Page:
Katniss Everdeen, fiery heroine of Suzanne Collins’ teenage literary phenomenon The Hunger Games, has little time for the mopey antics seen in the Twilight movies. In the new film adaptation of the first novel in the series, Katniss is played by the terrific Jennifer Lawrence, and the last thing on her mind is namby pamby attention from a pasty-faced suitor. Instead, her concerns veer towards self-preservation, and at the outset of The Hunger Games, we find out why.
In the future, North America has been transformed into a dystopian society known as Panem. The country is now divided into 12 districts, ruled over by a reigning Capitol. Each year, a boy and girl are selected from each district to participate in the annual Hunger Games: a televised fight to the death broadcast across the whole country.
When Katniss’ young sister is picked for the games, she volunteers to take her place as Tribute, and is transported to the Capitol along with male counterpart Peeta Mellark (Josh Hutcherson). Both Katniss and Peeta are groomed and tooled by Woody Harrelson’s alcoholic former champion and Lenny Kravitz’ stylist, both of whom emphasise the importance of securing audience approval (overtones of Ridley Scott’s Gladiator). Training; PR; establishing sponsors -it’s all part of the build-up before the games themselves.
Behind the camera, director Gary Ross matches his heroine’s beady-eyed intensity. Barrelling through the set-up, Ross nevertheless keeps his eye on the prize, working with Clint Eastwood’s regular cinematographer Tom Stern in deftly establishing an intriguing heroine and a fascinating sci-fi landscape. Collins herself worked on the screenplay, so it’s little wonder the film maintains such a ruthless sense of focus. Although wider context is kept to a bare minimum, the film’s smart visual design becomes apparent early on, as spaceships soar above the deprived, rural squalor of District 12, and the garish fright wig of Tribute escort Effie Trinket (Elizabeth Banks) contrasts with the washed out inhabitants being sent up as lambs to the slaughter.
Ross keeps the focus claustrophobic and pared down, so by and large we only see what Katniss sees. Glimpses of the decadent Capitol, a place seemingly infested with Boy George look-a-likes, come and go in a flash, so closely identified are we with the heroine’s point of view. It’s a heavy burden to place on Lawrence’s shoulders but the soulful actress carries it off with aplomb, conveying the manifold complexities of her character. Katniss is no vapid bimbo but an ordinary girl placed in an extraordinary situation through a selfless act of love. And so dreadful is the approaching crisis that she remains entirely sympathetic, even in moments of rage.
The decision to keep the drama intimate with only fleeting glimpses at the world surrounding the characters might be frustrating for many but the movie is rich in irony. The satirical jabs at reality TV (best represented by Stanley Tucci’s disingenuous TV host, Caesar Flickerman) carry real bite: a nightmarish, darkly comic reflection of the trash readily foisted on audiences.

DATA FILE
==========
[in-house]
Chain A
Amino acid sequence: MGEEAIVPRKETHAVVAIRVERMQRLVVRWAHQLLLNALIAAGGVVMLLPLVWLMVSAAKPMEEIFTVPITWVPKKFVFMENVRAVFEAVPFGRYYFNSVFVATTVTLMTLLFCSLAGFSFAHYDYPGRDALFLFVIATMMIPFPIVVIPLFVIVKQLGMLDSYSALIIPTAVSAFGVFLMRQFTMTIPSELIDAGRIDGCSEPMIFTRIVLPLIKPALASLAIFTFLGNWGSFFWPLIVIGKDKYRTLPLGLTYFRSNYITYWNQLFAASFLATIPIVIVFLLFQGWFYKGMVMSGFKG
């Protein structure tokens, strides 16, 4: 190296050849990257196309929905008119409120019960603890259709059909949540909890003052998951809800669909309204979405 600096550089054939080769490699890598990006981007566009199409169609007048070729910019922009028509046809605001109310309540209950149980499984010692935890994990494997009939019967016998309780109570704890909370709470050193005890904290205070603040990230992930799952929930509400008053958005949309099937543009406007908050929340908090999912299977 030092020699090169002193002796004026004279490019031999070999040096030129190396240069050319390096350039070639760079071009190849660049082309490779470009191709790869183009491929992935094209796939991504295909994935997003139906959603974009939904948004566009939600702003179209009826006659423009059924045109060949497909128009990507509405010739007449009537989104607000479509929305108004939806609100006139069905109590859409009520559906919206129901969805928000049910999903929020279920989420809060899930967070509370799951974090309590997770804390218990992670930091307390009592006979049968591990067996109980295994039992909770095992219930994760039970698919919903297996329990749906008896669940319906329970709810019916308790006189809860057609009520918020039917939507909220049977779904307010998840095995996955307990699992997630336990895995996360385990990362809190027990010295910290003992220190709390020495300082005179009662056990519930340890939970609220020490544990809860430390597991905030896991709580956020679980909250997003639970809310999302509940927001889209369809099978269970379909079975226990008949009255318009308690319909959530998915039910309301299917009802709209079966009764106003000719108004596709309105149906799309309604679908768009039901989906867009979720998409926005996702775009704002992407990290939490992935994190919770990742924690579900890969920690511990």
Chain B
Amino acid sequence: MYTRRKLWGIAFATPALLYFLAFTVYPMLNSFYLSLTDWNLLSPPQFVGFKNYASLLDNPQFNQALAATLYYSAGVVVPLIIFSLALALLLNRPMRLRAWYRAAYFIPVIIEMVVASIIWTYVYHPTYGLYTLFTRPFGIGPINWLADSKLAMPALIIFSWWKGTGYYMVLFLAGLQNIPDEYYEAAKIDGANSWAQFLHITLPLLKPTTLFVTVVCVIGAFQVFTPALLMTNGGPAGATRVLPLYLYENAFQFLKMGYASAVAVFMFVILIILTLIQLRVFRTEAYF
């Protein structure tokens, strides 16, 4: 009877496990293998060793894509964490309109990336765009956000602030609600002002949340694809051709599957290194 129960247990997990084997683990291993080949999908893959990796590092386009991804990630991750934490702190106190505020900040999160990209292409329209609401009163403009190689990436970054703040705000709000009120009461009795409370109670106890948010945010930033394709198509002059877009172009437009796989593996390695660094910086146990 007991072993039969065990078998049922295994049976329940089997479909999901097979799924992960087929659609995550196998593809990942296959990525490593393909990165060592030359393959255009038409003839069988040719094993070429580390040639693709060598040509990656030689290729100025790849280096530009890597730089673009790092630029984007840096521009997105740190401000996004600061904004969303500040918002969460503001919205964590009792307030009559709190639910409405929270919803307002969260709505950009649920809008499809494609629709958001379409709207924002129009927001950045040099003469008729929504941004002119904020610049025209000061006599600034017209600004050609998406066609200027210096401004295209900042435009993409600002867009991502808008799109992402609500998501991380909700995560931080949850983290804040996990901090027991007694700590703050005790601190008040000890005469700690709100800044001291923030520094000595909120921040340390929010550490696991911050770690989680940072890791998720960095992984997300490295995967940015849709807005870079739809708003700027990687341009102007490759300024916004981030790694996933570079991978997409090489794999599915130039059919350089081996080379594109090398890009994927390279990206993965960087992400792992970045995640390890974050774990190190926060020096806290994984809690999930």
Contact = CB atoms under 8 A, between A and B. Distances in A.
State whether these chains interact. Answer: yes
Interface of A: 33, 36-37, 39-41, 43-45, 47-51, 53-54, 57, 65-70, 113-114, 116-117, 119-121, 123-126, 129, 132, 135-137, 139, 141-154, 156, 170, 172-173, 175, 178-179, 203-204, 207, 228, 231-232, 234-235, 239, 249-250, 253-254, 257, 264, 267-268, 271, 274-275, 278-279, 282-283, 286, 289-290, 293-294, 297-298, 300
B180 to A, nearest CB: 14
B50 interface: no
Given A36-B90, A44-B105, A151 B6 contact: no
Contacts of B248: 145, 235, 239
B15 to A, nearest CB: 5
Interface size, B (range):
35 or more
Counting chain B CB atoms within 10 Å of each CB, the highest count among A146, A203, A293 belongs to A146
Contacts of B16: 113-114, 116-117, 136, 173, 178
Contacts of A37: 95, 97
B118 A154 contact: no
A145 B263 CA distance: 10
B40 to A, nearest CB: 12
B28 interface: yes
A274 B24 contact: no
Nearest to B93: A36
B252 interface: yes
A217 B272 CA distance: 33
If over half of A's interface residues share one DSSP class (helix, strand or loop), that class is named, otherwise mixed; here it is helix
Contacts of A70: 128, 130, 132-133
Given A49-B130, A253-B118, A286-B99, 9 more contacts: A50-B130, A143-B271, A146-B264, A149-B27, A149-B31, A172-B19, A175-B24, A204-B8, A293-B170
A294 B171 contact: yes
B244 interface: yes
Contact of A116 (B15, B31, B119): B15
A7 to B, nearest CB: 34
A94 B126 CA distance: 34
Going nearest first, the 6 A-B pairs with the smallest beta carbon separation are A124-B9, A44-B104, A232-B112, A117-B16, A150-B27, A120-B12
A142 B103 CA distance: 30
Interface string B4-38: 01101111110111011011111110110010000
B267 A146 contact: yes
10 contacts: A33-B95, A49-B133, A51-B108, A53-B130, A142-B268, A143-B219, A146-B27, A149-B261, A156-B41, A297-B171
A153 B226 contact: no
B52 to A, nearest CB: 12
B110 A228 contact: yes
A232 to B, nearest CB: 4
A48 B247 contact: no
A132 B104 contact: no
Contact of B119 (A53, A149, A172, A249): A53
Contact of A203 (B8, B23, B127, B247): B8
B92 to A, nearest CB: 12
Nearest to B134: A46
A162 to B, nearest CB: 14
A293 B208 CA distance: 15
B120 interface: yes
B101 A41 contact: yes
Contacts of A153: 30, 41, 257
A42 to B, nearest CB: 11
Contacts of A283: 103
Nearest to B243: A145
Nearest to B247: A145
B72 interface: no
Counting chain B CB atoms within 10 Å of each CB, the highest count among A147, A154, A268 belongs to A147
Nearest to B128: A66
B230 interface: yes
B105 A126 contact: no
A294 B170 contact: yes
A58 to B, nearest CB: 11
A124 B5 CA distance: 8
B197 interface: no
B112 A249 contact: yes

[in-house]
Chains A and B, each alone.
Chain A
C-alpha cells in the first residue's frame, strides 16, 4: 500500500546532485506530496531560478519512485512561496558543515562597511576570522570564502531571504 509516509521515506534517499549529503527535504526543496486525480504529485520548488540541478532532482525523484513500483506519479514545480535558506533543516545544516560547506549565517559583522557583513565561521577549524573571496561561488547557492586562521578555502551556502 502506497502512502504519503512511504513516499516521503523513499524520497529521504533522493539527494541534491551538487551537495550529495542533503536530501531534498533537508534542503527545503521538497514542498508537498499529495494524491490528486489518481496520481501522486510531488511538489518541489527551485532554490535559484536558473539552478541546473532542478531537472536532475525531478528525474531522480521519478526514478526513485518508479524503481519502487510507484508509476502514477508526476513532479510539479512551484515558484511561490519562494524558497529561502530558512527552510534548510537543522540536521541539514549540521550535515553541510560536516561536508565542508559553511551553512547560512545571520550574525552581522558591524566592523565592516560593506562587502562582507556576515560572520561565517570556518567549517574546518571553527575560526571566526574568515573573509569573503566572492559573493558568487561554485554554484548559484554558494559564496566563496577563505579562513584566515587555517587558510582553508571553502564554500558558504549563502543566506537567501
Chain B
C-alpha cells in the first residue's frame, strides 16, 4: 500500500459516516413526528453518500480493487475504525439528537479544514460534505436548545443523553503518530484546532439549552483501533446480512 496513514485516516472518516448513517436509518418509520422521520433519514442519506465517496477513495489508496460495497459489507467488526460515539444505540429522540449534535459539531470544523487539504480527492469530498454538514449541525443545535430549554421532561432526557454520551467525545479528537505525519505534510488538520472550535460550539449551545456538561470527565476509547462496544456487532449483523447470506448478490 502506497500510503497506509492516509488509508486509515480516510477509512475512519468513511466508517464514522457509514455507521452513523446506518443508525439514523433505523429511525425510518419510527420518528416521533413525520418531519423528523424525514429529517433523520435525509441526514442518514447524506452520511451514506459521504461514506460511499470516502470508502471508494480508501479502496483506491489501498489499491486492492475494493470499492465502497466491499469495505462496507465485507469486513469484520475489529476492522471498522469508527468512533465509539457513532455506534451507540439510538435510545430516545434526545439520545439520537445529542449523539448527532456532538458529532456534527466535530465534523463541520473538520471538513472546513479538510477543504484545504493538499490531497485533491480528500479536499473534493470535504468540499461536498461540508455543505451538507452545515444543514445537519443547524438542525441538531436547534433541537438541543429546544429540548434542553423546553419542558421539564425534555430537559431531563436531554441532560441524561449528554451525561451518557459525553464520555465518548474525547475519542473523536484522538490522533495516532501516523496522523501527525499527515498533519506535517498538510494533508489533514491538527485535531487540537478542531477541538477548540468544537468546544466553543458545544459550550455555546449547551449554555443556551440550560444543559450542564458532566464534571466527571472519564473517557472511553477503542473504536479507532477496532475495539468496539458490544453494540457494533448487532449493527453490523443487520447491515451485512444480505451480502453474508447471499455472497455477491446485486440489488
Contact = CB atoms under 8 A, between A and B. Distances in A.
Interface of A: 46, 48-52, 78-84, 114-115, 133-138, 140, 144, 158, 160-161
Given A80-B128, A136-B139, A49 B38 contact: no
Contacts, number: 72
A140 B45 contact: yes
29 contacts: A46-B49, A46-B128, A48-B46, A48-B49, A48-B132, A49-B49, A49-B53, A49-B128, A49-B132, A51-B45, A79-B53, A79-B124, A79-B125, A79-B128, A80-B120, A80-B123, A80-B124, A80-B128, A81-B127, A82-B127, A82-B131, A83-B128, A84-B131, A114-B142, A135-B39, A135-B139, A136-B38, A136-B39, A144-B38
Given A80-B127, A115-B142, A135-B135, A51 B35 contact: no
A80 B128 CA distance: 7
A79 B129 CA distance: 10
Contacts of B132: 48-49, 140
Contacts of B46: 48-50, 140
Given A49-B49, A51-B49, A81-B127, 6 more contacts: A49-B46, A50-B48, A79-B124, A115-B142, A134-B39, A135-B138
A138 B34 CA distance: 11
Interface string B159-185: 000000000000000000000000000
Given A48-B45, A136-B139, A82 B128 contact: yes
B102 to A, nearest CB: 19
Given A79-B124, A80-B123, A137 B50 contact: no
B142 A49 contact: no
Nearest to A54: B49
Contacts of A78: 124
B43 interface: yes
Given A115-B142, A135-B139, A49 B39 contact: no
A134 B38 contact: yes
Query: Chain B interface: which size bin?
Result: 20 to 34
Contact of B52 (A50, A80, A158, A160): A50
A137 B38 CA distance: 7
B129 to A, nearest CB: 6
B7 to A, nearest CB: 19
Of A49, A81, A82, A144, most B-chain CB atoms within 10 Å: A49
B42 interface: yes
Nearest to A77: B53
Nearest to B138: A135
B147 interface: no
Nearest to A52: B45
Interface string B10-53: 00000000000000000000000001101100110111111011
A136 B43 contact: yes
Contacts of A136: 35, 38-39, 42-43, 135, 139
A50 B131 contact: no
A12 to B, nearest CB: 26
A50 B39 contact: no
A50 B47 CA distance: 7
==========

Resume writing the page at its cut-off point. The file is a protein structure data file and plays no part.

But it also acts as a voyeuristic commentary on how we consume drama in real life. Within the film, the games exploit the fictional audience’s need for heroes, villains and romantic arcs, a self-reflexive comment on our desire for the same. During the final, violent showdown, we attempt to impose that same logic on the world of the fiction, aligning our sympathies with Katniss and our hatred with the ruthless Career Tributes (trained for the games since birth). We also anticipate the unflowering of the Katniss-Peeta relationship, although the lovey-dovey stuff is nicely understated.
However, the film never labours the subtext -it’s simply there for those who wish to see it. In truth, the movie can be enjoyed on many different levels. On the surface, it’s a visceral, doom-laden, futuristic thriller, given over to ferocious, although mostly implied, violence in the second half (compromised slightly by its 12A certificate but still unsuitable for young children). Yet there’s real satirical intelligence underpinning the gritty thrills, keen performances and sharp direction -brains behind the brawn that one might not expect given the ‘teenybopper’ stigma associated with the source material.
Well knickers to that last statement. The Hunger Games is a massively accomplished, exciting achievement with major appeal for both younger and older audiences. It’s successful as a character study, action movie and satirical morality play, one which cribs bits and pieces from a multitude of sources (Battle Royale; The Truman Show; Winter’s Bone; Nineteen Eighty Four) but which manages to put a fresh spin on familiar cliches. Mercifully, the film never falls into exploitation: although gripping, we are always made to feel the awful consequences of violence, which ensures there’s some moral backbone to go with the popcorn.
It’s certainly not perfect -many secondary characters, including Liam Hemsworth as Katniss’ potential romantic interest back in District 12 and Wes Bentley’s Gamemaker Seneca Crane -are under-developed. As with so many blockbusters nowadays, there’s a sense that this is a direct result of franchise expectations, as the chess pieces are moved into place in preparation for the next entry. However, in stark contrast to the recent John Carter, which lay there on the screen like a boring, $250 million omelette, The Hunger Games is a delicious appetiser that leaves audiences ravenous for more.